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Why the wreck will linger



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Young Nigerians who wrote the Senior School Certificate Examination in the last decade merely succeed at breaking the hearts of many. Now, there are neon-bright indicators the next ten years will not be any different.


THE 2013  World in Figures report by the Economist estimated that Nigeria’s population is likely to reach 229 million people by the year 2025. So the West African Examination Council [WAEC] and the National Examination Council [NECO] can expect to have a spiraling crowd of young Nigerians who will go through their compulsory litmus test as they prepare for lives in the universities and other tertiary institutions in the next decade.
Already, a 2014 CIA World fact book estimates that , 43.1 percent [78,083,541]  of Nigeria’s population is between the ages of 0-14 years, while  19.3 percent [34,218,650] is between the ages of 15-24 years. That’s approximately 112,302,191 youth population out of the 167 million people the Nigerian Population Commission [NPC]   says make up the entire Nigeriaand indeed something that warms the hearts of global development experts who expect these young minds and their ilk all over the world to become the drivers of the new Sustainable Development Goals [SDGs] in their communities.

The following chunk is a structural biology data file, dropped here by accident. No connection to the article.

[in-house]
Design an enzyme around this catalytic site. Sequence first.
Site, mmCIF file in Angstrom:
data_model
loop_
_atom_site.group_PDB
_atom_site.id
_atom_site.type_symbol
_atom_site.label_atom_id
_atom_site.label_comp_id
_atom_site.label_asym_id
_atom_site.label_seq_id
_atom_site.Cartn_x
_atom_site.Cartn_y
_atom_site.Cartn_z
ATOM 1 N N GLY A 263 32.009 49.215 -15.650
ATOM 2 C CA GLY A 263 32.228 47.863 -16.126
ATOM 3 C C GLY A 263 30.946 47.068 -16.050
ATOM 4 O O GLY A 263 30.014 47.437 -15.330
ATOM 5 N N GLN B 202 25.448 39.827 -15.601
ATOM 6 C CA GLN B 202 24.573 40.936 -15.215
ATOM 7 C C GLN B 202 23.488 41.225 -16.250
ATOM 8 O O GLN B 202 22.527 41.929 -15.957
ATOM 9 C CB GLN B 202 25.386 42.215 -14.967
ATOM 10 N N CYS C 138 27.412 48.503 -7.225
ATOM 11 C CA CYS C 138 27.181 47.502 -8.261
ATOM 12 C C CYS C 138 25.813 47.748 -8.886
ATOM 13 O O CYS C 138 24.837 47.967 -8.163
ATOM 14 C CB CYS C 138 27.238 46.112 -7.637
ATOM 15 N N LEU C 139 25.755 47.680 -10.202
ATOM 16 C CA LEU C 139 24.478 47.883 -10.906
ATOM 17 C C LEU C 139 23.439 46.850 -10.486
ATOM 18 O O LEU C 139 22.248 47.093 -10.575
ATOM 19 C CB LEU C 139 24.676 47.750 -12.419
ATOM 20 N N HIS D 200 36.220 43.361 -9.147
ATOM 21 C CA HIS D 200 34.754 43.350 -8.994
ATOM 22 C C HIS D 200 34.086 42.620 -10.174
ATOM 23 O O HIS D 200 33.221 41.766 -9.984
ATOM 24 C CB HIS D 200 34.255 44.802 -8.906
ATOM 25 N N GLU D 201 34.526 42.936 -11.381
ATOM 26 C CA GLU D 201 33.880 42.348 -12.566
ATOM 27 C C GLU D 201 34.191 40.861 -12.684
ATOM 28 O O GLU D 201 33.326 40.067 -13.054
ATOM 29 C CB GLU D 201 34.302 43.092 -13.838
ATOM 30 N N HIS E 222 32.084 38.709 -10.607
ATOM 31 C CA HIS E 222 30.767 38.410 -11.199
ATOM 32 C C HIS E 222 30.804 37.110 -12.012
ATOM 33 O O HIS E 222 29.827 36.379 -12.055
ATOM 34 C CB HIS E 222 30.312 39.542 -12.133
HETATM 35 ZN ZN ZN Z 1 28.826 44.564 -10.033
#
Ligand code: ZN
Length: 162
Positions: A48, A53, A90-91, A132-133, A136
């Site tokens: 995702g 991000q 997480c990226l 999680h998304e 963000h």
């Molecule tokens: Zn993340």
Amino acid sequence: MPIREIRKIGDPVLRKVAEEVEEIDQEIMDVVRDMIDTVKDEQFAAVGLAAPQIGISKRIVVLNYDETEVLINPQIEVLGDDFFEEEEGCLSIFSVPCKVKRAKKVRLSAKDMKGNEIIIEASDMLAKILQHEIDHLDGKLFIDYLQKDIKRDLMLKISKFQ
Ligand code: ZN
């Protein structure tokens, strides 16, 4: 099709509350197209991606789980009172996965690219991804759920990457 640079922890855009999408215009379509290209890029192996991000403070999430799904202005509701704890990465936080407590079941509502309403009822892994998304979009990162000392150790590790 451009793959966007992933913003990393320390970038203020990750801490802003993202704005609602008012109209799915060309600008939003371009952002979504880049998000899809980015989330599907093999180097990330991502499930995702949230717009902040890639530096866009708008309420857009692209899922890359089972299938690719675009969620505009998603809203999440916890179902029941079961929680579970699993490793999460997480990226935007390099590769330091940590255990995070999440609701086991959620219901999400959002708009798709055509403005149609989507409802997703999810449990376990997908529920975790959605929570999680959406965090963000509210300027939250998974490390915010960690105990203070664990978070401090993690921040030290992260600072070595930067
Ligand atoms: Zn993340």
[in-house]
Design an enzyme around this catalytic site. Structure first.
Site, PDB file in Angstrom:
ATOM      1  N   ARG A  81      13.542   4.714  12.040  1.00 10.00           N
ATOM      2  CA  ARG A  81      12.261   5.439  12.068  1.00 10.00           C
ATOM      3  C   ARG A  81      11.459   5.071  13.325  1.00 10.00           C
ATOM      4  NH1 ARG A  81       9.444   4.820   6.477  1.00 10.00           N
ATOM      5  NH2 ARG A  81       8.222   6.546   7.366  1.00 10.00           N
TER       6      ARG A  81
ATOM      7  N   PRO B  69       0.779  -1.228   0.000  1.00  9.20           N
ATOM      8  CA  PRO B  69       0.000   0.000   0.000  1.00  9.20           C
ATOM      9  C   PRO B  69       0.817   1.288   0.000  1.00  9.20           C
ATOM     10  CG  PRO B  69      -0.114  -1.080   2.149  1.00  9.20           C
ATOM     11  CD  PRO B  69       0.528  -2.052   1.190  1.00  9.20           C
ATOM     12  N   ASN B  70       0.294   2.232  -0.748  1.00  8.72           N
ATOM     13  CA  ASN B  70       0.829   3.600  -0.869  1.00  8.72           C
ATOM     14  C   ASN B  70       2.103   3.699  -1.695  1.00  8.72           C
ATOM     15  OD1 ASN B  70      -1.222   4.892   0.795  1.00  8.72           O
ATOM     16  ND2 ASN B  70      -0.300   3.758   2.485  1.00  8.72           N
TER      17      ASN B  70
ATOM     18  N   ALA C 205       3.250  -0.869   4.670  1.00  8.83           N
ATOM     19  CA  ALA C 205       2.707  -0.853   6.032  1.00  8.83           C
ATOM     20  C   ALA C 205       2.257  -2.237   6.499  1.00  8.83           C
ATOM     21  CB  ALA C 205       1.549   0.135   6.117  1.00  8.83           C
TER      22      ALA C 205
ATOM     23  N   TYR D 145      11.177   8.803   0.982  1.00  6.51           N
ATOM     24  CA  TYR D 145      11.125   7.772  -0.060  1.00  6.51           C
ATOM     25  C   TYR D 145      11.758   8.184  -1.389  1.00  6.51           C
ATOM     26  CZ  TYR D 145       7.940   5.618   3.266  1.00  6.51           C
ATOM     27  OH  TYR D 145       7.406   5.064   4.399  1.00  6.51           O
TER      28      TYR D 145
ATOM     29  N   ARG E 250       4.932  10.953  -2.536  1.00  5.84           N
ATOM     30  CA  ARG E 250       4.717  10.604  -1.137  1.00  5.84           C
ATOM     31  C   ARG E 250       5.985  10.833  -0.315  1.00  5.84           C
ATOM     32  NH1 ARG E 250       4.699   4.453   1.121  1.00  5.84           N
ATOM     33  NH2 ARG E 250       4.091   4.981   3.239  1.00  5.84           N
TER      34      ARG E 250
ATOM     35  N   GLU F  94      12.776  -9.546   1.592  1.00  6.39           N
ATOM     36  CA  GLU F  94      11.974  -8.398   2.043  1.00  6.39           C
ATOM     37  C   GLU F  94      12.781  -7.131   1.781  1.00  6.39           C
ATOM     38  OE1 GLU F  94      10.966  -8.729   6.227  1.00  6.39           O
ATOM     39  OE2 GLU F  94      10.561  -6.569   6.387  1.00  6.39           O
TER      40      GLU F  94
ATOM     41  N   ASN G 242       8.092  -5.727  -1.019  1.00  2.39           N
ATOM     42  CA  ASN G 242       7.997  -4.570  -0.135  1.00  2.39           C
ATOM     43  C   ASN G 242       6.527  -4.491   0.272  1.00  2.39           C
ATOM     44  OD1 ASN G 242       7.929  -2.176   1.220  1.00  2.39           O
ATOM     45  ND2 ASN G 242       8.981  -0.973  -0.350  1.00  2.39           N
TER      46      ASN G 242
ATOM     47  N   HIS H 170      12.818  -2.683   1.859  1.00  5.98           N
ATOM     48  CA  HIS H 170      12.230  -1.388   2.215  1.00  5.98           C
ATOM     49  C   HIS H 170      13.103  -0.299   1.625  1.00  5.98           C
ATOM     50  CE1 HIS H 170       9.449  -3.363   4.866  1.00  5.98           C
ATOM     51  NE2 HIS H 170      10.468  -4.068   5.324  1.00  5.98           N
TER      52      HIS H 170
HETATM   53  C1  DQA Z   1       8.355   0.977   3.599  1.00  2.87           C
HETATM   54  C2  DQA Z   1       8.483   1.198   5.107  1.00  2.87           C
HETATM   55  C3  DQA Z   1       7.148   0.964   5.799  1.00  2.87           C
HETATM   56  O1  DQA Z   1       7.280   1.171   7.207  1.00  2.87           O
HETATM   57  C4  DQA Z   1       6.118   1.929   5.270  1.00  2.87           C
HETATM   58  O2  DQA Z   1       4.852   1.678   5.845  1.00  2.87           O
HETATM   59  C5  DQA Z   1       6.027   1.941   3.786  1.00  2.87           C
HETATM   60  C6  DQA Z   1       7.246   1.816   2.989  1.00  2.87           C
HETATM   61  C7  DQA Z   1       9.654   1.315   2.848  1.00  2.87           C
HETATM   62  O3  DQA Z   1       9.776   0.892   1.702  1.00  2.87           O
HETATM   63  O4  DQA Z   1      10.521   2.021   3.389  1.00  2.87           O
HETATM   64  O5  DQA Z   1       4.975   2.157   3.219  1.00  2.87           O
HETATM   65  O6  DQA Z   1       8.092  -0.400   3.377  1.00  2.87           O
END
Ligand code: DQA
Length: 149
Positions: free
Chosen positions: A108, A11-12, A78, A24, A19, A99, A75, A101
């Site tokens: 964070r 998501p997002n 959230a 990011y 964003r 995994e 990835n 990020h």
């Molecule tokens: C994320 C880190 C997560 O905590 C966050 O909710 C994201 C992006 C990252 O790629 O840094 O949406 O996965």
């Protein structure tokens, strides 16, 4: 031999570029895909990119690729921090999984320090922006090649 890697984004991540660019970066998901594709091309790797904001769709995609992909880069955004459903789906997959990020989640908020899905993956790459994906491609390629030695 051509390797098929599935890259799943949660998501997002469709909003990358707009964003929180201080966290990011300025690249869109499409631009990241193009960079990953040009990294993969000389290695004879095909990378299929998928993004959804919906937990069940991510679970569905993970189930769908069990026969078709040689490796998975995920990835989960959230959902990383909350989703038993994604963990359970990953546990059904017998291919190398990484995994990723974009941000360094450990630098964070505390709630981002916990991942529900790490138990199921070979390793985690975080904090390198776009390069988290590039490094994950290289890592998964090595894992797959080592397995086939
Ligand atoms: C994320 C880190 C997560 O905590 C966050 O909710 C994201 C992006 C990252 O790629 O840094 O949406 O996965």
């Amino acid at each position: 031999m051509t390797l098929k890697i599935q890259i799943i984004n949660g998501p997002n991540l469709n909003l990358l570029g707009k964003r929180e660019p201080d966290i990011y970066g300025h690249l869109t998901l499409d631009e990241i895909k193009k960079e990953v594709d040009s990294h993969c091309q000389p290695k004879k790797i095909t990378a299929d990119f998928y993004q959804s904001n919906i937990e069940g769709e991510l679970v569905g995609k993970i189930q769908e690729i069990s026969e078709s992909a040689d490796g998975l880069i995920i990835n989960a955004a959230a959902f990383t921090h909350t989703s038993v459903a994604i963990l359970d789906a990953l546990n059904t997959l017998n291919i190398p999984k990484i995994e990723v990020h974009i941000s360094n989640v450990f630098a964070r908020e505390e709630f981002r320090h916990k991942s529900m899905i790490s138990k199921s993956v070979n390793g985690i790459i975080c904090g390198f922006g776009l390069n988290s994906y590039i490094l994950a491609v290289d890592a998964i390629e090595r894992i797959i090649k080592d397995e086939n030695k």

Well, except that Nigeria’s young minds  who have written the  May/June West African Senior School Certificate Examination [WASSCE] and the NECO EXAMS in the last decade have turned out to be more of knuckleheads than the intelligent minds who are expected to take on the world as the SDGs agenda set sail.
Of the 14,722,880 candidates who sat for the May/June WASSCE between 2006-2015, for instance, only a dismal 3,968,651 passed the examination with the compulsory five credits, including EnglishLanguage and Mathematicsleaving a massive 10,754,229 candidate who failed to  make a credit grade in the five core subjects to flounder on the precipice.
That’s a scandalous 73.04 percent dismal performance over ten years on the average, and put together, eleven years of investment from primary through secondary schools gone to blazes. But maybe it’s not so much of a pain for the poor candidates  and their guardians really. After all the huge financial loss of that misadventurerunning into hundreds of billionsis borne by the 36 state and the FCT which have all along indemnified the WASSCE fees for their public secondary school students in the name of free education.